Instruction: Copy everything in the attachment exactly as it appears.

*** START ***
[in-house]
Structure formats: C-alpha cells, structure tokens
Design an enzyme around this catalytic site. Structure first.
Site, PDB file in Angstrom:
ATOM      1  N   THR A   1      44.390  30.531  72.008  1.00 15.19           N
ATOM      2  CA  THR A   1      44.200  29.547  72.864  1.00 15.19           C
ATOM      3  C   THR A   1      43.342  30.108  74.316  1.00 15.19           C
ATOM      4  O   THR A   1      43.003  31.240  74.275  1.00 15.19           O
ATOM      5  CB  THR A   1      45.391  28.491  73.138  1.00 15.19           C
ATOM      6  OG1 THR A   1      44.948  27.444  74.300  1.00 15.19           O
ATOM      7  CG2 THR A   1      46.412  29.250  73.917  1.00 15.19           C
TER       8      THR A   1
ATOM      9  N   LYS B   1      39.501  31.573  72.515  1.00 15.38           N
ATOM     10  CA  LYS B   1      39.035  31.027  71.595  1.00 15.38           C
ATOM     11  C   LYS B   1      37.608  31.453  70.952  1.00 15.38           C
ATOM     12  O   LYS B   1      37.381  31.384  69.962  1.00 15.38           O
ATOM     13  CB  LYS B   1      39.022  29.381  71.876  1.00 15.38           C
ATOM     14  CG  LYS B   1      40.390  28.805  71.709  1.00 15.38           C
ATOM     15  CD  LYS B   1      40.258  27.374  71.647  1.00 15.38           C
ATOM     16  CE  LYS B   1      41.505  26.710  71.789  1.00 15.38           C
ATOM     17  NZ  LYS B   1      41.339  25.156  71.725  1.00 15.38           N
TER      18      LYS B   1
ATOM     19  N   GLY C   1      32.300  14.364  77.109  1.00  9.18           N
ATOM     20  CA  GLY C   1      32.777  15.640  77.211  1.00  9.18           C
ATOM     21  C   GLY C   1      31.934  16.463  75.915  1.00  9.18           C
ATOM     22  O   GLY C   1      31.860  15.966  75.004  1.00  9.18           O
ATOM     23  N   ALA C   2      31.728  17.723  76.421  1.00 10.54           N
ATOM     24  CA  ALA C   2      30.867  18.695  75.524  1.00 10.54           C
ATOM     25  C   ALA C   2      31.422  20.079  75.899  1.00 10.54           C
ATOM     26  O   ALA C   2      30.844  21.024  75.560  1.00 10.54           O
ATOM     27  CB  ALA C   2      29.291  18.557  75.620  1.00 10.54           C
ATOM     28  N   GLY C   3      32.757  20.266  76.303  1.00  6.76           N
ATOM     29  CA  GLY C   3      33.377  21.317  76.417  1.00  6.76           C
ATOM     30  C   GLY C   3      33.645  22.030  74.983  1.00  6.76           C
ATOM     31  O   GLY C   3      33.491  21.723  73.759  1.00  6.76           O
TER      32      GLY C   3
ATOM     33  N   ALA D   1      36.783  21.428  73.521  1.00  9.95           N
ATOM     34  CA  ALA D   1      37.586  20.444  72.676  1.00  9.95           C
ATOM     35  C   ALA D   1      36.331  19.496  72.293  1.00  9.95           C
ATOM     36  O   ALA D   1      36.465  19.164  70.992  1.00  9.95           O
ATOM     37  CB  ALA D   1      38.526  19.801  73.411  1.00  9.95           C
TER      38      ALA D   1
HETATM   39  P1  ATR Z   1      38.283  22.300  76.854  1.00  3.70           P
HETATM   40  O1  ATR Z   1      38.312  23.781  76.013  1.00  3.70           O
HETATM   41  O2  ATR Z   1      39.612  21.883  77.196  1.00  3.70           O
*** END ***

[in-house]
Structure formats: C-alpha cells, structure tokens
Design an enzyme around this catalytic site. Structure first.
Site, PDB file in Angstrom:
ATOM      1  N   THR A   1      44.390  30.531  72.008  1.00 15.19           N
ATOM      2  CA  THR A   1      44.200  29.547  72.864  1.00 15.19           C
ATOM      3  C   THR A   1      43.342  30.108  74.316  1.00 15.19           C
ATOM      4  O   THR A   1      43.003  31.240  74.275  1.00 15.19           O
ATOM      5  CB  THR A   1      45.391  28.491  73.138  1.00 15.19           C
ATOM      6  OG1 THR A   1      44.948  27.444  74.300  1.00 15.19           O
ATOM      7  CG2 THR A   1      46.412  29.250  73.917  1.00 15.19           C
TER       8      THR A   1
ATOM      9  N   LYS B   1      39.501  31.573  72.515  1.00 15.38           N
ATOM     10  CA  LYS B   1      39.035  31.027  71.595  1.00 15.38           C
ATOM     11  C   LYS B   1      37.608  31.453  70.952  1.00 15.38           C
ATOM     12  O   LYS B   1      37.381  31.384  69.962  1.00 15.38           O
ATOM     13  CB  LYS B   1      39.022  29.381  71.876  1.00 15.38           C
ATOM     14  CG  LYS B   1      40.390  28.805  71.709  1.00 15.38           C
ATOM     15  CD  LYS B   1      40.258  27.374  71.647  1.00 15.38           C
ATOM     16  CE  LYS B   1      41.505  26.710  71.789  1.00 15.38           C
ATOM     17  NZ  LYS B   1      41.339  25.156  71.725  1.00 15.38           N
TER      18      LYS B   1
ATOM     19  N   GLY C   1      32.300  14.364  77.109  1.00  9.18           N
ATOM     20  CA  GLY C   1      32.777  15.640  77.211  1.00  9.18           C
ATOM     21  C   GLY C   1      31.934  16.463  75.915  1.00  9.18           C
ATOM     22  O   GLY C   1      31.860  15.966  75.004  1.00  9.18           O
ATOM     23  N   ALA C   2      31.728  17.723  76.421  1.00 10.54           N
ATOM     24  CA  ALA C   2      30.867  18.695  75.524  1.00 10.54           C
ATOM     25  C   ALA C   2      31.422  20.079  75.899  1.00 10.54           C
ATOM     26  O   ALA C   2      30.844  21.024  75.560  1.00 10.54           O
ATOM     27  CB  ALA C   2      29.291  18.557  75.620  1.00 10.54           C
ATOM     28  N   GLY C   3      32.757  20.266  76.303  1.00  6.76           N
ATOM     29  CA  GLY C   3      33.377  21.317  76.417  1.00  6.76           C
ATOM     30  C   GLY C   3      33.645  22.030  74.983  1.00  6.76           C
ATOM     31  O   GLY C   3      33.491  21.723  73.759  1.00  6.76           O
TER      32      GLY C   3
ATOM     33  N   ALA D   1      36.783  21.428  73.521  1.00  9.95           N
ATOM     34  CA  ALA D   1      37.586  20.444  72.676  1.00  9.95           C
ATOM     35  C   ALA D   1      36.331  19.496  72.293  1.00  9.95           C
ATOM     36  O   ALA D   1      36.465  19.164  70.992  1.00  9.95           O
ATOM     37  CB  ALA D   1      38.526  19.801  73.411  1.00  9.95           C
TER      38      ALA D   1
HETATM   39  P1  ATR Z   1      38.283  22.300  76.854  1.00  3.70           P
HETATM   40  O1  ATR Z   1      38.312  23.781  76.013  1.00  3.70           O
HETATM   41  O2  ATR Z   1      39.612  21.883  77.196  1.00  3.70           O